#MyTri: I Race to Give Life to Others

Two-time organ donor and ten-time Ironman finisher Tom O'Driscoll is out to show how saving a life by becoming a living organ donor doesn't have to limit health or fitness.

Photo: Courtesy of Tom O'Driscoll

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Fitness has always been a priority in my life. I was a high school letterman in swimming and did numerous intramural sports as a cadet at West Point, having been on both our winning triathlon and boxing teams before graduating in 1986. Maintaining that lifestyle after my two donations remains incredibly important to me.

Prior to my first Ironman at age 48, I was primarily a runner and did about 26 marathons. I began my triathlete journey when I joined a new gym and started to train with a group of other triathletes I had met there, many of whom are still training partners and great friends of mine today. I have done all my ten Ironman races with only one kidney, and I completed my tenth less than nine months after my liver donation surgery. It’s my goal to show everyone that saving a life by becoming a living organ donor in no way limits one’s health or fitness.

On July 13, 2010, I donated my left kidney to a stranger. I learned about altruistic kidney donation from an episode of NPR’s “This American Life” that featured a woman who donated her kidney to a stranger; her story touched me deeply. Shortly thereafter while on a run, I was thinking about why I spend so much time exercising. It occurred to me that perhaps the reason I keep my body healthy is so that it can help another body in need. I resolved then and there to become a living kidney donor. My surgery took place at Cedars Sinai Hospital in Los Angeles – where my recipient lived – and was a successful operation for both of us. After the donation, I was able to return to running in less than a month. I remember being in pain and feeling miserable. I was moping around at home and finally said, “Screw it. I’m going running.” That seemed to be just what the doctor ordered, because I started to feel like myself again; just 6 months later I ran a sub-four-hour marathon!

Tom O'Driscoll, an organ donor, trains for a triathlon

Most people have more than double the needed blood-filtering capacity with two kidneys, so having one is no issue. The way I see it, God gave us two kidneys – one to keep and one to share! As many as one in 1,000 people are born with one kidney and can lead totally normal lives.

About two years ago, I saw an article that discussed living liver donation. I learned that the human liver regenerates, and one could safely donate a portion of their liver to save a life. I decided that it was something I wanted to do when the time was right. ‘Double donors’ are a rare group, and according to United Network for Organ Sharing, just 133 people in the U.S. have gifted their organs to two separate people while still alive. I contacted USC-Keck, one of the top liver transplant hospitals in the country, completed their online donor form, traveled to L.A. for two days of tests and had the surgery in February 2022. I am grateful to have had the ability to give the gift of life by becoming a double donor.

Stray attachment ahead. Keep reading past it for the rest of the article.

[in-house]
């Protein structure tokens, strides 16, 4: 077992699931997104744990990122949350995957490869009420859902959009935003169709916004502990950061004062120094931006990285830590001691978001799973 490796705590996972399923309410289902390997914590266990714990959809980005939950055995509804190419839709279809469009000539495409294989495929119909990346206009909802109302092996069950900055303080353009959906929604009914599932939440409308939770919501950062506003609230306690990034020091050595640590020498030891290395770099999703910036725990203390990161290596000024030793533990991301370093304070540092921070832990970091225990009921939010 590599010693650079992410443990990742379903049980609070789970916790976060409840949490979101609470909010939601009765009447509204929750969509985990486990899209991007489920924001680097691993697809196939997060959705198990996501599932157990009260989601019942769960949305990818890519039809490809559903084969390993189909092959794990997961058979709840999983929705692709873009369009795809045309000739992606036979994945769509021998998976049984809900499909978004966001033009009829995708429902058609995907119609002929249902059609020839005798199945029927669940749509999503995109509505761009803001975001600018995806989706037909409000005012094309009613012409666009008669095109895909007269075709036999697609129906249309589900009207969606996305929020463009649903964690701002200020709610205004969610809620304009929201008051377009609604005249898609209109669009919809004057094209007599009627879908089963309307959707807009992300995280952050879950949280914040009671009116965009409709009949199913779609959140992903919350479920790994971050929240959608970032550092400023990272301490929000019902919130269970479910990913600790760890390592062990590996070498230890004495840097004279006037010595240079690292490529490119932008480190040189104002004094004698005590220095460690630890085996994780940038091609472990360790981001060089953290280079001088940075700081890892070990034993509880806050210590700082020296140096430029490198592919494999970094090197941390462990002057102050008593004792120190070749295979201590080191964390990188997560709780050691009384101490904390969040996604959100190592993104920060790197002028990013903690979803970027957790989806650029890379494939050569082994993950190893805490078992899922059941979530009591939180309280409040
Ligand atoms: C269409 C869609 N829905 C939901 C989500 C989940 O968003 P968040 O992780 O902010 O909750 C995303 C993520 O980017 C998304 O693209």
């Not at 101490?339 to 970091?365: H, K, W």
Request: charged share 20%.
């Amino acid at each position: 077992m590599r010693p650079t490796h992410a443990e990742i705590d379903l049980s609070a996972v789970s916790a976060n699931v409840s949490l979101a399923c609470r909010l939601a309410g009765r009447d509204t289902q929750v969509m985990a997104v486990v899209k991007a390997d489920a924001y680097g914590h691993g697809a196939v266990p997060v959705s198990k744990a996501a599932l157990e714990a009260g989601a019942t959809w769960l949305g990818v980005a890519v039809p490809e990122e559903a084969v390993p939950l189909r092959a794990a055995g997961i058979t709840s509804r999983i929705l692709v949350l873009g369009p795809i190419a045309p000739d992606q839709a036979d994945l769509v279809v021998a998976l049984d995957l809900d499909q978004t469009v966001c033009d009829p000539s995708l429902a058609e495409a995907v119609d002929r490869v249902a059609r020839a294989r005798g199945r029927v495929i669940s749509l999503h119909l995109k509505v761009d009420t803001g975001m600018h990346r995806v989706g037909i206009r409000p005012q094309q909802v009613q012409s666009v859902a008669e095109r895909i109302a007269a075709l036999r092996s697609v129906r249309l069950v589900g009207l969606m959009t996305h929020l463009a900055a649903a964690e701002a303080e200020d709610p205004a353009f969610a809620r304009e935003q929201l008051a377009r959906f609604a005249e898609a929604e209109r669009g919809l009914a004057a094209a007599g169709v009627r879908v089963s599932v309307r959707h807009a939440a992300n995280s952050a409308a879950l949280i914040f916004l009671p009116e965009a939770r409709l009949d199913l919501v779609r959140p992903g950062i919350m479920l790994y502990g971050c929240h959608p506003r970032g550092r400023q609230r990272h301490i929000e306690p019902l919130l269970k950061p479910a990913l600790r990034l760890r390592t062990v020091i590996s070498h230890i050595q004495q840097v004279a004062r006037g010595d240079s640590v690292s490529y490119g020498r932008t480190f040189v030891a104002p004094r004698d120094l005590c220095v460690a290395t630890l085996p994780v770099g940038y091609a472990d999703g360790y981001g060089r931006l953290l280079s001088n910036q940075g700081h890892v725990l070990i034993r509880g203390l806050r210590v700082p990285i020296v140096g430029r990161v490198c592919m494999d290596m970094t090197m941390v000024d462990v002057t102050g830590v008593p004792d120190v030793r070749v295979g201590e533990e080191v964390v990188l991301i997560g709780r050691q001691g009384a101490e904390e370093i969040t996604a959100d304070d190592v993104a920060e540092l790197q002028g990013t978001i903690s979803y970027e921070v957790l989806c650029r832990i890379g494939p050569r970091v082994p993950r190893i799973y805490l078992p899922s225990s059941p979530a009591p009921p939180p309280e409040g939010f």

My recovery time was a full two months, and I was told that I could do absolutely nothing but walk during that time. Two weeks after surgery, I was walking four to six miles a day and by the time two months came, I was excited to be able to swim, bike and run again. After one donates a portion of their liver (in my case 60%), their liver function returns to normal in two to four weeks, and their liver slowly regrows to nearly its full original volume in about two months. The human body is simply amazing!

Would I suggest that others become living organ donors? Indeed! As of 2021, living donors now account for over 15 percent of transplantable organs, making possible a substantial proportion of kidney transplants and a growing number of liver and uterine transplants. In 2022, the United States hit a milestone of 1 million organ transplants, but the need for more donors is still great. There are currently about 90,000 Americans on the national registry waiting for new kidneys. Dialysis keeps these people alive, but it is brutally tough on their bodies and takes up the majority of their day. The average life expectancy on dialysis is five to ten years. Conversely, only about 11,000 Americans are waiting for liver transplants because there is no bridge to transplantation. Once a liver stops functioning, a person dies.

My Catholic faith tells me that all life is precious and has infinite value. The Talmud says that whoever saves one life saves the entire world. It has been the greatest privilege of my life to help save two lives by being a living organ donor. Now, I’d like to be an advocate for living organ donations, particularly in the triathlon community. All you need to donate an organ and save a life is to be healthy and willing to give some time – and triathletes are among the healthiest people in society!

If you have an interest in becoming an organ donor, sign up on registerme.org. I can honestly say that it has been one of the most rewarding experiences of my life.

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